The Mars Reconnaissance Orbiter, which has been in operation around Mars since March of 2006, has provided ongoing observation of the planet. Because of this, scientists and astronomers have been able to keep track of changes on the surface ever since. This new impact crater, which was formed by a recent meteor impact, is just the latest example.
The image was taken by the Orbiter’s High Resolution Imaging Science Experiment (HiRISE) camera on Nov. 19, 2013. Since that time, NASA scientists have been working to enhance the image and rendering it in false color so the fresh crater appears.The resulting image shows the stunning 30-meter-wide crater with a rayed blast zone and far-flung secondary material surrounding.
Researchers used HiRISE to examine this site because the orbiter’s Context Camera had revealed a change in appearance here between observations in July 2010 and May 2012, when the impact was thought to have occurred. After examining the impact site, scientists estimate the impact and resulting explosion threw debris as far as 15 kilometers in distance.
Before-and-after imaging that brackets appearance dates of fresh craters on Mars has indicated that impacts producing craters at least 12.8 feet (3.9 meters) in diameter occur at a rate exceeding 200 per year globally. But most of those are much smaller than this new one, and leave scars are as dramatic in appearance. This latest impact was definitely one for the history books.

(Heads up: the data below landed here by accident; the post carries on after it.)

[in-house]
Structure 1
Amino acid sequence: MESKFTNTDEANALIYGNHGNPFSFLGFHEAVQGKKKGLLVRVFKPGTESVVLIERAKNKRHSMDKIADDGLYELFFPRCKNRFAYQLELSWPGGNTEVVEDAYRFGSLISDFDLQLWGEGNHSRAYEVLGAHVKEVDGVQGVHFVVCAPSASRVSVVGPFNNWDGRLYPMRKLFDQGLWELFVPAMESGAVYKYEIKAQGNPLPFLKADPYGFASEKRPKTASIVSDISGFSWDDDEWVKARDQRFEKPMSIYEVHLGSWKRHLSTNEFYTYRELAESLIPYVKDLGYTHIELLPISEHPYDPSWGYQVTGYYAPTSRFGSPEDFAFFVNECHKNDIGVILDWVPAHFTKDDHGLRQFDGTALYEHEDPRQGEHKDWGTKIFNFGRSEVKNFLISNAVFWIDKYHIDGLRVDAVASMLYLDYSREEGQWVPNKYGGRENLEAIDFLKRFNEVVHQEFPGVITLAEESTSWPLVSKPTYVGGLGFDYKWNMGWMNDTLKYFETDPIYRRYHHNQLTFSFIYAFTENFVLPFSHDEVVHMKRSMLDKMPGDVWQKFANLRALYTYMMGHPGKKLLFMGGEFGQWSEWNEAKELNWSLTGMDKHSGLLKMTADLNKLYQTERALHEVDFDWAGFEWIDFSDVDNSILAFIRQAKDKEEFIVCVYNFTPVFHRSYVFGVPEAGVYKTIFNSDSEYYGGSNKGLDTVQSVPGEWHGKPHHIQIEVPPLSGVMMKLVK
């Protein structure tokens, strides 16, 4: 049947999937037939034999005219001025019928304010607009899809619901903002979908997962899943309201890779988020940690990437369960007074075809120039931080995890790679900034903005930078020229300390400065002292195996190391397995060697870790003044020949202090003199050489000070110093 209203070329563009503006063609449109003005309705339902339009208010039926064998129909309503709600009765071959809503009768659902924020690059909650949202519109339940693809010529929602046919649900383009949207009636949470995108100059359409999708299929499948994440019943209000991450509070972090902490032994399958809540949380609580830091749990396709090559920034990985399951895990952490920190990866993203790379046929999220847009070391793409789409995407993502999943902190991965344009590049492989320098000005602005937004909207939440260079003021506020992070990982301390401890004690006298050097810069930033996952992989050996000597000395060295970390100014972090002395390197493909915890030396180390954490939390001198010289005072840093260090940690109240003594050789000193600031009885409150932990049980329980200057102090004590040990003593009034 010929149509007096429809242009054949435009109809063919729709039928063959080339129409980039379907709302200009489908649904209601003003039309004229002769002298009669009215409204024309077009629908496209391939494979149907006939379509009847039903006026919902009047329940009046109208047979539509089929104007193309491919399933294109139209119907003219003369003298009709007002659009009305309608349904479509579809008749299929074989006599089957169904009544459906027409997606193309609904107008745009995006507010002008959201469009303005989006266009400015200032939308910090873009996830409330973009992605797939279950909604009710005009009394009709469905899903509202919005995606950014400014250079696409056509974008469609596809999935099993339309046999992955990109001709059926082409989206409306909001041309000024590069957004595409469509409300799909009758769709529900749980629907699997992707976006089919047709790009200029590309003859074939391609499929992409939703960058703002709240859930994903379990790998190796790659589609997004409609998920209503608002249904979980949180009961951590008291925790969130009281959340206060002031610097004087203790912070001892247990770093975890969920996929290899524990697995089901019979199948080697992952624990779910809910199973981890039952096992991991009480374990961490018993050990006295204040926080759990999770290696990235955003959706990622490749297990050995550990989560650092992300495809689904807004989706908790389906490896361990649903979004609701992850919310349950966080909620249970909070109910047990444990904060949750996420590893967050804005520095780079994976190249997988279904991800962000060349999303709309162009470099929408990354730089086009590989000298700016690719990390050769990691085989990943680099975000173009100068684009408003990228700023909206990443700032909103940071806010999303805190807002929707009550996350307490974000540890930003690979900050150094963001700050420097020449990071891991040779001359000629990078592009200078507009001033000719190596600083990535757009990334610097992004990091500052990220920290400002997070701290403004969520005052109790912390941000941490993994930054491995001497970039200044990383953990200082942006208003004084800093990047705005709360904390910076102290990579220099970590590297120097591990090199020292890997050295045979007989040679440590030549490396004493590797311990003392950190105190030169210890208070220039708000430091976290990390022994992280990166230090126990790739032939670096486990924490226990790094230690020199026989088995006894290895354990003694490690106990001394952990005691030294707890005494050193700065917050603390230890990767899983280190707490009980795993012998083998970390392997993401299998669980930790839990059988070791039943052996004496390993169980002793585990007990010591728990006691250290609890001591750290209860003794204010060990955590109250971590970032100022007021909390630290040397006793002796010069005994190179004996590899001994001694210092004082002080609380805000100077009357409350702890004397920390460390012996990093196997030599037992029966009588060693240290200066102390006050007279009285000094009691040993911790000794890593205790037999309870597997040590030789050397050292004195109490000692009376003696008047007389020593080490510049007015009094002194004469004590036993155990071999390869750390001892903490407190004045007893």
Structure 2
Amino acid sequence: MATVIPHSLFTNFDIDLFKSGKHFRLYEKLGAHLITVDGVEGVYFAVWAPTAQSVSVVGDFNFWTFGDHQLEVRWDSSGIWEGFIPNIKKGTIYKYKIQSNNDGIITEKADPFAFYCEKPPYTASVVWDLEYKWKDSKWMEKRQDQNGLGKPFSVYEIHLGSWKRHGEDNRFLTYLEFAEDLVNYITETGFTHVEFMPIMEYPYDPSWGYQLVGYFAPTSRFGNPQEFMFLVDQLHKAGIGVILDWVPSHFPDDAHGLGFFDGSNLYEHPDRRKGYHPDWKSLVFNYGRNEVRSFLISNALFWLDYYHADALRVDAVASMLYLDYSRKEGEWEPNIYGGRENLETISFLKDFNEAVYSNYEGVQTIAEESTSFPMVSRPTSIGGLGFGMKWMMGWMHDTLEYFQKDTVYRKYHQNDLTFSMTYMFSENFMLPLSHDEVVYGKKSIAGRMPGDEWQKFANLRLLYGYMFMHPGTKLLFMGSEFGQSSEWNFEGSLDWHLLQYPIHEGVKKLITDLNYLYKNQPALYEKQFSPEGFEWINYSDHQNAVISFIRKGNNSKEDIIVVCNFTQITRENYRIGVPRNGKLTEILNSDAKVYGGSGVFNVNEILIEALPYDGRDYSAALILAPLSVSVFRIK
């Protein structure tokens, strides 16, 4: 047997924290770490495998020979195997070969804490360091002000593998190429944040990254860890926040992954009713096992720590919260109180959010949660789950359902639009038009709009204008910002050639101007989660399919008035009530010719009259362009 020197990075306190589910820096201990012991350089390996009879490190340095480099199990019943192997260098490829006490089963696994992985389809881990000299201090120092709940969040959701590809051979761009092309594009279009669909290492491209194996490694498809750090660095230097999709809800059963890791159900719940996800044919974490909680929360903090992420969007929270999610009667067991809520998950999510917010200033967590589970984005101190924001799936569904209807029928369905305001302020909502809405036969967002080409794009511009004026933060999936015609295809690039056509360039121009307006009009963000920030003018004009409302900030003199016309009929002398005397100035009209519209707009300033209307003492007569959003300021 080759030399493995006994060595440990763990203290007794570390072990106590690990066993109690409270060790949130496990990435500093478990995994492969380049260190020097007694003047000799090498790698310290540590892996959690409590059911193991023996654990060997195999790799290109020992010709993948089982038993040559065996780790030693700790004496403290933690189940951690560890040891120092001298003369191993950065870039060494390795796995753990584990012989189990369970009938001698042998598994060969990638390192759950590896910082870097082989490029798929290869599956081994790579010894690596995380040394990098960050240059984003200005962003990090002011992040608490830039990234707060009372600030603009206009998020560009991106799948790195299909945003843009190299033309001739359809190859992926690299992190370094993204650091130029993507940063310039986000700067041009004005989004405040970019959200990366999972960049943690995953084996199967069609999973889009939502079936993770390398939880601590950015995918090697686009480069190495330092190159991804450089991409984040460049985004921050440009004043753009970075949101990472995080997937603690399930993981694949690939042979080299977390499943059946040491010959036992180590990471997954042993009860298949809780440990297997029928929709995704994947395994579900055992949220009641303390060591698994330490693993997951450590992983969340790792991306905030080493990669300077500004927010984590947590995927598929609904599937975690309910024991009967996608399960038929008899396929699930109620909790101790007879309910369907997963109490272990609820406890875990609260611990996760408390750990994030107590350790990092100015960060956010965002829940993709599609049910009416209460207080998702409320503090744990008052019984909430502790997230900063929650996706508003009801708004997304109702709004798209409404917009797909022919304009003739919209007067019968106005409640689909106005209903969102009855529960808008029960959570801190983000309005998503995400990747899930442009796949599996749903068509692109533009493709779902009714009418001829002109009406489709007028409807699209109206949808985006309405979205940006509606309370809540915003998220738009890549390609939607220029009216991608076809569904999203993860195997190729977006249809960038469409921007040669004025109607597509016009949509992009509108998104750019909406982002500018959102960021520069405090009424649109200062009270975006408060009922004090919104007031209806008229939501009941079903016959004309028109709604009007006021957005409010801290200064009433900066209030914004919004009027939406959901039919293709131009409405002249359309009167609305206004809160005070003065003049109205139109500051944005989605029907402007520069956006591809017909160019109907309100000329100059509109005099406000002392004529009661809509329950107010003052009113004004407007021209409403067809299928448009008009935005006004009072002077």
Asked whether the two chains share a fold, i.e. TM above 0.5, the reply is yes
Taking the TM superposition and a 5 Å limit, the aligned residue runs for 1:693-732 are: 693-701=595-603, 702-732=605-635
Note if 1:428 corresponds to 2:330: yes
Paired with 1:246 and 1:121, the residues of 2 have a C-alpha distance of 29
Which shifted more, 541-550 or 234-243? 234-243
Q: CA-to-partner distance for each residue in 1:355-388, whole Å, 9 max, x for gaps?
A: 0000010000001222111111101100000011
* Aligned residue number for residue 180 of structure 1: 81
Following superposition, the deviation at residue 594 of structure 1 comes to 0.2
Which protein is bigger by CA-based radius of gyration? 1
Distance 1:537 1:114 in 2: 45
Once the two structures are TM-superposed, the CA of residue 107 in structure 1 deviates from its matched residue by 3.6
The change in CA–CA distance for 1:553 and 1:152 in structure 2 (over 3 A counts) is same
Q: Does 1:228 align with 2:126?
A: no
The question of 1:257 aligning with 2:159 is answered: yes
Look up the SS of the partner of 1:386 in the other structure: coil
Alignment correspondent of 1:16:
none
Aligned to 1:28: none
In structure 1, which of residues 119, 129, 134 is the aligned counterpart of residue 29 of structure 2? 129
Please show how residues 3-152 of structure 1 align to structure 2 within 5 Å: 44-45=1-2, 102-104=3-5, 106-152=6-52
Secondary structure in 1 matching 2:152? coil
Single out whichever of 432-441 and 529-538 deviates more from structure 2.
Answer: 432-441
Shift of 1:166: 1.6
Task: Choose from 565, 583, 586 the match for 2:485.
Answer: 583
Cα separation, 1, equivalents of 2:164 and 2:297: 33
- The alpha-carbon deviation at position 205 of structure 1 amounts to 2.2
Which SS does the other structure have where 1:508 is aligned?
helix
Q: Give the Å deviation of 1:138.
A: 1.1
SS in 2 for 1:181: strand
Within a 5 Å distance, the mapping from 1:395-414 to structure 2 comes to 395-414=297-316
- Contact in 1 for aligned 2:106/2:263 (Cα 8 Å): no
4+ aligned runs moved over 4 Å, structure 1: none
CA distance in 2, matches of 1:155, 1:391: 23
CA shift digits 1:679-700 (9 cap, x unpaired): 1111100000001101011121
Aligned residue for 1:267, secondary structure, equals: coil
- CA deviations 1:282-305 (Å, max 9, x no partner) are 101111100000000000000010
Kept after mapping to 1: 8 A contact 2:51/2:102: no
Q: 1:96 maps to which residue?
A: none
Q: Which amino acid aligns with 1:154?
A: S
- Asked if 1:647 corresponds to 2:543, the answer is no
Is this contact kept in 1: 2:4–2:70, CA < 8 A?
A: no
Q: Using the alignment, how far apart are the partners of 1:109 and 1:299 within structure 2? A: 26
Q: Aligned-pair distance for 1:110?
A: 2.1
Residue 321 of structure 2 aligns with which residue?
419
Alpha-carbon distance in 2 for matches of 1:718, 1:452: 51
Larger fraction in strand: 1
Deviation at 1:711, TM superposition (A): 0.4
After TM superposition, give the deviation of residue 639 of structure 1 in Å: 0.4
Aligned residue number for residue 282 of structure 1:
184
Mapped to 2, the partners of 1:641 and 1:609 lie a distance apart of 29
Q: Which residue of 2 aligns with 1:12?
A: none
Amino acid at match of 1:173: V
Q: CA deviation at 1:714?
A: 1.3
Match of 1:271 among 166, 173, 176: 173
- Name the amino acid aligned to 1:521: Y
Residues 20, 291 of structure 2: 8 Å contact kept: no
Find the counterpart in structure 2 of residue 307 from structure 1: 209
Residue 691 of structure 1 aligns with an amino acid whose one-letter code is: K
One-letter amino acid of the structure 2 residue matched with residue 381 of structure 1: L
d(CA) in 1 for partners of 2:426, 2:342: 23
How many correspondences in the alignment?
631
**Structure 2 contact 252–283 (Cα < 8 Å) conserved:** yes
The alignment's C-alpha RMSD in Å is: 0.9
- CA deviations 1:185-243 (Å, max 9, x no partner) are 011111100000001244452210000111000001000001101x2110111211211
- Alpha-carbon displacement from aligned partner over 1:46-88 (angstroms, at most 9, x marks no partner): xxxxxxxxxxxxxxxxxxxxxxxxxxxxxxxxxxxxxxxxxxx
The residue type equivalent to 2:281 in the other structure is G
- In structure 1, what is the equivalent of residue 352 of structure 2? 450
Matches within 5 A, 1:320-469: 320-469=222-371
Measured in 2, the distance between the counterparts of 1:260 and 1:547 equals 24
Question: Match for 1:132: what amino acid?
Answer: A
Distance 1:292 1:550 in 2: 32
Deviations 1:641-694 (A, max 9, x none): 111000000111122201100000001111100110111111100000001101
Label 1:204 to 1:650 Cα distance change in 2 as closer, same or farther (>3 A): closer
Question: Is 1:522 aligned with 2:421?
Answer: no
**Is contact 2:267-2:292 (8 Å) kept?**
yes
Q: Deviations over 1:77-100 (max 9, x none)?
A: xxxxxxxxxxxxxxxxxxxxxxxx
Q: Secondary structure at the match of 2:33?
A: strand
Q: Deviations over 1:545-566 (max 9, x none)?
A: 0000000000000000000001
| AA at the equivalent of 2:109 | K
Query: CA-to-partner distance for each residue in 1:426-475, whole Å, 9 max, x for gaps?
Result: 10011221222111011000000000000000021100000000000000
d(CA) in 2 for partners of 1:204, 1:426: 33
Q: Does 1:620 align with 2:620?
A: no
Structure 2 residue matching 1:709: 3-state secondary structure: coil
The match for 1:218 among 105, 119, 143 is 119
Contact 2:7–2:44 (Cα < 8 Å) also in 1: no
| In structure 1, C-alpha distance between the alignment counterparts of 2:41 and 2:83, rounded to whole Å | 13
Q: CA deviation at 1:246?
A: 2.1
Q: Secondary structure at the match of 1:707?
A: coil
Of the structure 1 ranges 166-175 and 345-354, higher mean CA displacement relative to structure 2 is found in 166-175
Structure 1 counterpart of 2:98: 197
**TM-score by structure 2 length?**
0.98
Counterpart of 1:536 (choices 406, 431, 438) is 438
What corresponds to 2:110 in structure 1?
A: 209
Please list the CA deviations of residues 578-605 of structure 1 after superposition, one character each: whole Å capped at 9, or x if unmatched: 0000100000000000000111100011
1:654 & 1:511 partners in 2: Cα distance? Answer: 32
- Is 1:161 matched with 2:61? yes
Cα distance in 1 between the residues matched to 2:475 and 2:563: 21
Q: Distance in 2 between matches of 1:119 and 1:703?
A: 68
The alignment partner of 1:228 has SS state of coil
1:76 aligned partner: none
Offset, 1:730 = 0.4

Speaking of dramatic, these recent releases from the HiRISE laboratory captured some truly magnificent activity, which included a series of avalanches and defrosting dunes on the surface. Snow, dust and wind are combining to make the incredible images that were captured. The raw images appear in black and white (as the snowy dunes pictured above).
The colorized versions, as show below, indicate the presence of snow, ice and red surface dust. These latest pictures, perhaps more than any previous, illustrate the awe and wonder the Red Planet holds. And as humanity’s contact and involvement with the planet and continues, they remind us that nothing from that world is to be taken for granted.
And as we get closer to 2030, when a manned mission is scheduled to take place – not to mention private missions that aim to put colonists there by 2023 – chance encounters with the surface like this are certain to inspire excitement and anticipation. Right now, these events and surface features are being watched from above or by rovers on the surface.
But someday soon, people will be standing on the surface and looking upon it with their own eyes. Their feet will be crushing into red sand, romping through Martian snow and ice, and standing in the middle of craters and looking up at Olympus Mons. What will they be thinking as they do it? We can only wonder and hope that we’ll be able to share it with them…